Published on September 15, the Global Burden of Disease Study (GBD) revealed some harsh truths about the health effects of a poor diet. The study evaluated health trends in 195 countries and is considered “the most comprehensive worldwide observational epidemiological study to date.”
The most shocking conclusion? One in five deaths around the world can be attributed to poor diet.
The proportion of deaths caused by heart disease has increased by 19 percent. Diabetes? A 31.1 percent increase. High blood glucose, high blood pressure, and high cholesterol were all among the top ten risk factors for men and women across the globe.
These risk factors and diseases all have one thing in common — they relate to poor diet. And while the specifics of what a better diet would look like have yet to be concluded by science, diets that were low in whole grains, legumes, fruit, nuts, and seeds and high in salt were linked to more of these deaths.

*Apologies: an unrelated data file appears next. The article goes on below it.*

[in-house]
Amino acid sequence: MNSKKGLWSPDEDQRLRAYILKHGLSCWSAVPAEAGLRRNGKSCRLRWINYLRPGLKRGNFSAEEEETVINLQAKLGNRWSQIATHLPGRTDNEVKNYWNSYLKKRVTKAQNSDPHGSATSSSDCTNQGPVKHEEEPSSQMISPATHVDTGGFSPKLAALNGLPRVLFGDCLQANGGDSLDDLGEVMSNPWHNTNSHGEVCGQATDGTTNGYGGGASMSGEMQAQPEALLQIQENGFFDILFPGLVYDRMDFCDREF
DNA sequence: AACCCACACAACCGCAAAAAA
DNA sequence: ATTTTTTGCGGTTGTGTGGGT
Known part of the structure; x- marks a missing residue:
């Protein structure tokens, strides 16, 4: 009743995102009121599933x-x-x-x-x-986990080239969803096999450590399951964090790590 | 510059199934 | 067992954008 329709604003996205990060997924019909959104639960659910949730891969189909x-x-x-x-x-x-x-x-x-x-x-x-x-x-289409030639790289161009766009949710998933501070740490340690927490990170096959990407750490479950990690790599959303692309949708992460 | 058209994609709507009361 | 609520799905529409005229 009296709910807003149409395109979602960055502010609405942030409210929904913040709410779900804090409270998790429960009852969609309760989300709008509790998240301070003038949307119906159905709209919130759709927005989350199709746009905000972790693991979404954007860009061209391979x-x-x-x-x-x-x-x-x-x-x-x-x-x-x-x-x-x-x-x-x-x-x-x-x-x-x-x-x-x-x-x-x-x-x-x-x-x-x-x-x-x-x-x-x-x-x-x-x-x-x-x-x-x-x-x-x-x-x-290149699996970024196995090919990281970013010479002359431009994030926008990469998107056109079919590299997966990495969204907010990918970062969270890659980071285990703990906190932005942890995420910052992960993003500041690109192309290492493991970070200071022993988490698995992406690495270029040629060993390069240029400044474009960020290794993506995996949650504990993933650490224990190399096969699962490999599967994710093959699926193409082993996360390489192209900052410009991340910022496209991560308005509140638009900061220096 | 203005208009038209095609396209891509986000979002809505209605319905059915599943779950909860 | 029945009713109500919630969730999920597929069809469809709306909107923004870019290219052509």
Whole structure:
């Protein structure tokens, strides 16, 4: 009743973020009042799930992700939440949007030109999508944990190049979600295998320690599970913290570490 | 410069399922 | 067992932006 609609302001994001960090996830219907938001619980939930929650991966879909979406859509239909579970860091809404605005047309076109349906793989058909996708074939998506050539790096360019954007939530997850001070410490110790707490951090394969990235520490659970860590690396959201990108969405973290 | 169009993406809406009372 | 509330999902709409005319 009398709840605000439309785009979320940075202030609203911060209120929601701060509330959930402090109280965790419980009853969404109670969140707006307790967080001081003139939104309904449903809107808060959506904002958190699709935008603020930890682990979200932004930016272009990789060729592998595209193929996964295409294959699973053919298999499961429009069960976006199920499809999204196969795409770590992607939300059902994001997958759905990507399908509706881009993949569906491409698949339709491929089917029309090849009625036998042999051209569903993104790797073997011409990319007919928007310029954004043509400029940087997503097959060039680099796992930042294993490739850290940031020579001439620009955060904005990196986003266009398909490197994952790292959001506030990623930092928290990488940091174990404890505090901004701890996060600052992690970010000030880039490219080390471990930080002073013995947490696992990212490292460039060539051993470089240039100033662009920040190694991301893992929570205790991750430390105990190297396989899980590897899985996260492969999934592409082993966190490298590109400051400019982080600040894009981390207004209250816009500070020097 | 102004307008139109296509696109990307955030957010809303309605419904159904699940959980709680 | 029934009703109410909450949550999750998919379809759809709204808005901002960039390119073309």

Overall, however, things aren’t looking so grim. The study concluded that the average life expectancy is still on the rise for the average global citizen, and that there has been a good amount of progress in fighting diseases like malaria and other causes of child mortality. We just need to work on eating a little healthier.
The director of the study, Dr. Christopher Murray, concluded that poor diet, armed conflict, and mental illness were the three largest factors suppressing life expectancy around the world. The triad of challenges is foreseen to be the most difficult to overcome in coming years.
“There should be a global forum where these results and their policy implications are discussed,” the study’s researchers suggested. Ethiopia, Nepal, Niger, and several other third world nations exceeded health expectations for their socioeconomic state — an intriguing aspect of the researchers’ results. They expect to find some answers in investigations these coming years. For some questions we did find the answers to this year, click here.